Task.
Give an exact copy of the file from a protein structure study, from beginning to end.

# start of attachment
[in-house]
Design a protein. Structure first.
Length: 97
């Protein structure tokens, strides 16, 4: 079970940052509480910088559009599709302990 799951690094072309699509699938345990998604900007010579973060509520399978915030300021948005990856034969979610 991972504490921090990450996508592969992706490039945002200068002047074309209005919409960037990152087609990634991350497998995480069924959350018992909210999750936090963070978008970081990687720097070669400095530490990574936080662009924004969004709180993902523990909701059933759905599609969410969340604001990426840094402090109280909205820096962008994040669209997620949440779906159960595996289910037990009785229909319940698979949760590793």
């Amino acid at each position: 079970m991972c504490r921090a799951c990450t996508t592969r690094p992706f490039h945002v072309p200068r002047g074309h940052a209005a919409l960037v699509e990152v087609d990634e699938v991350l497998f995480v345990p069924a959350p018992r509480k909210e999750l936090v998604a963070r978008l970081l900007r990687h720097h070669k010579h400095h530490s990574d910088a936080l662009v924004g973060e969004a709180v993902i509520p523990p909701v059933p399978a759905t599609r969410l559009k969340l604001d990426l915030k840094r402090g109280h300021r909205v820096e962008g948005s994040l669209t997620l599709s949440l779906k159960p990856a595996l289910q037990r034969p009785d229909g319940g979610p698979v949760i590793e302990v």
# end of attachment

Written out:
[in-house]
Design a protein. Structure first.
Length: 97
């Protein structure tokens, strides 16, 4: 079970940052509480910088559009599709302990 799951690094072309699509699938345990998604900007010579973060509520399978915030300021948005990856034969979610 991972504490921090990450996508592969992706490039945002200068002047074309209005919409960037990152087609990634991350497998995480069924959350018992909210999750936090963070978008970081990687720097070669400095530490990574936080662009924004969004709180993902523990909701059933759905599609969410969340604001990426840094402090109280909205820096962008994040669209997620949440779906159960595996289910037990009785229909319940698979949760590793």
């Amino acid at each position: 079970m991972c504490r921090a799951c990450t996508t592969r690094p992706f490039h945002v072309p200068r002047g074309h940052a209005a919409l960037v699509e990152v087609d990634e699938v991350l497998f995480v345990p069924a959350p018992r509480k909210e999750l936090v998604a963070r978008l970081l900007r990687h720097h070669k010579h400095h530490s990574d910088a936080l662009v924004g973060e969004a709180v993902i509520p523990p909701v059933p399978a759905t599609r969410l559009k969340l604001d990426l915030k840094r402090g109280h300021r909205v820096e962008g948005s994040l669209t997620l599709s949440l779906k159960p990856a595996l289910q037990r034969p009785d229909g319940g979610p698979v949760i590793e302990v």